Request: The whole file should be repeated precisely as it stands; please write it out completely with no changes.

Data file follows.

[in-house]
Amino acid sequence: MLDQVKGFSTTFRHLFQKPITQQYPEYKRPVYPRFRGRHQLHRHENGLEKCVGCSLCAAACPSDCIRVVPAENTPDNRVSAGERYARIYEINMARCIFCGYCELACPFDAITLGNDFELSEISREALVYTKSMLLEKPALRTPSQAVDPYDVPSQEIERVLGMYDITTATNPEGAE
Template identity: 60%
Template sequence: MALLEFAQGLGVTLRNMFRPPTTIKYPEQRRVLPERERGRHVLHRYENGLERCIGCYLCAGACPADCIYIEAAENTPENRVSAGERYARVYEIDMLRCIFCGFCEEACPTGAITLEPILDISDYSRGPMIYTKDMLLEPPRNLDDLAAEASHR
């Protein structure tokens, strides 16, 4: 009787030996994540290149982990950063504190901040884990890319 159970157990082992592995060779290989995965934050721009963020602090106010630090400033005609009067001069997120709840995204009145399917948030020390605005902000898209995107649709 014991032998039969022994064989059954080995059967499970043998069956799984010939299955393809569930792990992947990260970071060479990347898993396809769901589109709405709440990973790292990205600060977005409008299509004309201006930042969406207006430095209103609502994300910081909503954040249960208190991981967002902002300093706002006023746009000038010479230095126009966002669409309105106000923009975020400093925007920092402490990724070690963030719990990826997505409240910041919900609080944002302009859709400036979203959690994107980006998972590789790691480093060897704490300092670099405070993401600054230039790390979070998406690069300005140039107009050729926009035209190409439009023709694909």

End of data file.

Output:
[in-house]
Amino acid sequence: MLDQVKGFSTTFRHLFQKPITQQYPEYKRPVYPRFRGRHQLHRHENGLEKCVGCSLCAAACPSDCIRVVPAENTPDNRVSAGERYARIYEINMARCIFCGYCELACPFDAITLGNDFELSEISREALVYTKSMLLEKPALRTPSQAVDPYDVPSQEIERVLGMYDITTATNPEGAE
Template identity: 60%
Template sequence: MALLEFAQGLGVTLRNMFRPPTTIKYPEQRRVLPERERGRHVLHRYENGLERCIGCYLCAGACPADCIYIEAAENTPENRVSAGERYARVYEIDMLRCIFCGFCEEACPTGAITLEPILDISDYSRGPMIYTKDMLLEPPRNLDDLAAEASHR
């Protein structure tokens, strides 16, 4: 009787030996994540290149982990950063504190901040884990890319 159970157990082992592995060779290989995965934050721009963020602090106010630090400033005609009067001069997120709840995204009145399917948030020390605005902000898209995107649709 014991032998039969022994064989059954080995059967499970043998069956799984010939299955393809569930792990992947990260970071060479990347898993396809769901589109709405709440990973790292990205600060977005409008299509004309201006930042969406207006430095209103609502994300910081909503954040249960208190991981967002902002300093706002006023746009000038010479230095126009966002669409309105106000923009975020400093925007920092402490990724070690963030719990990826997505409240910041919900609080944002302009859709400036979203959690994107980006998972590789790691480093060897704490300092670099405070993401600054230039790390979070998406690069300005140039107009050729926009035209190409439009023709694909």